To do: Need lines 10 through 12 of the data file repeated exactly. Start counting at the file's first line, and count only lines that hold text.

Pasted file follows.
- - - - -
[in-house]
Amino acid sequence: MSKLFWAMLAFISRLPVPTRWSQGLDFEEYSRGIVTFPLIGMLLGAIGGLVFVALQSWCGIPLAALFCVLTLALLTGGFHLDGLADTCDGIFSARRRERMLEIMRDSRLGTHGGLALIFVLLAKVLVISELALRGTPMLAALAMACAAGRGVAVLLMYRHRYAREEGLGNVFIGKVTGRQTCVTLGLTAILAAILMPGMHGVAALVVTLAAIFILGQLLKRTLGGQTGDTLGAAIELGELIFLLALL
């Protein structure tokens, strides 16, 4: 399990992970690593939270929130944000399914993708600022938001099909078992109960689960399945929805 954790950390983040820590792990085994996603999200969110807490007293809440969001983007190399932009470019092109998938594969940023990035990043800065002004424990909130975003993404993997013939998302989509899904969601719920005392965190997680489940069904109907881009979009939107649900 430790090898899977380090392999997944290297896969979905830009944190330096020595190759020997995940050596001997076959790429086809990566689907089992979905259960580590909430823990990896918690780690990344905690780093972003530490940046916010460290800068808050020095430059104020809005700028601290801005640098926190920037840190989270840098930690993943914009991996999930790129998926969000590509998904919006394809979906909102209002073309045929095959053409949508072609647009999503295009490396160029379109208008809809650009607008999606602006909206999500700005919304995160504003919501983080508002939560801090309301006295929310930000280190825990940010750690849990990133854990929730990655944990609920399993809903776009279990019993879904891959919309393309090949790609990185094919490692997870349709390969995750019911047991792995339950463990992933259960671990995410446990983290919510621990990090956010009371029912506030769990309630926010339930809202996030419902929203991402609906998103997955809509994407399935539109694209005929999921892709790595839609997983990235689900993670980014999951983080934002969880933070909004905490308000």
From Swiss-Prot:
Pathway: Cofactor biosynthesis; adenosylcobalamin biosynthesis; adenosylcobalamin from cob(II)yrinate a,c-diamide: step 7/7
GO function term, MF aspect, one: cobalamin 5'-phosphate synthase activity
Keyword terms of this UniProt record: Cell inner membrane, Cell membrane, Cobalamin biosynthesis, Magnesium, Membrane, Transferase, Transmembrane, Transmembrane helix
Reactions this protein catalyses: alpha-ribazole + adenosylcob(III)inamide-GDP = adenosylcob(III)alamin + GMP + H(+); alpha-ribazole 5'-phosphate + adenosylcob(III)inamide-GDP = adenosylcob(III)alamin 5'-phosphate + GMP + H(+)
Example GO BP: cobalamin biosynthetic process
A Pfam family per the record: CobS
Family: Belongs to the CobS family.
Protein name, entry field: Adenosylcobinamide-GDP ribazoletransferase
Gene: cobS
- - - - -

A Pfam family per the record: CobS
Family: Belongs to the CobS family.
Protein name, entry field: Adenosylcobinamide-GDP ribazoletransferase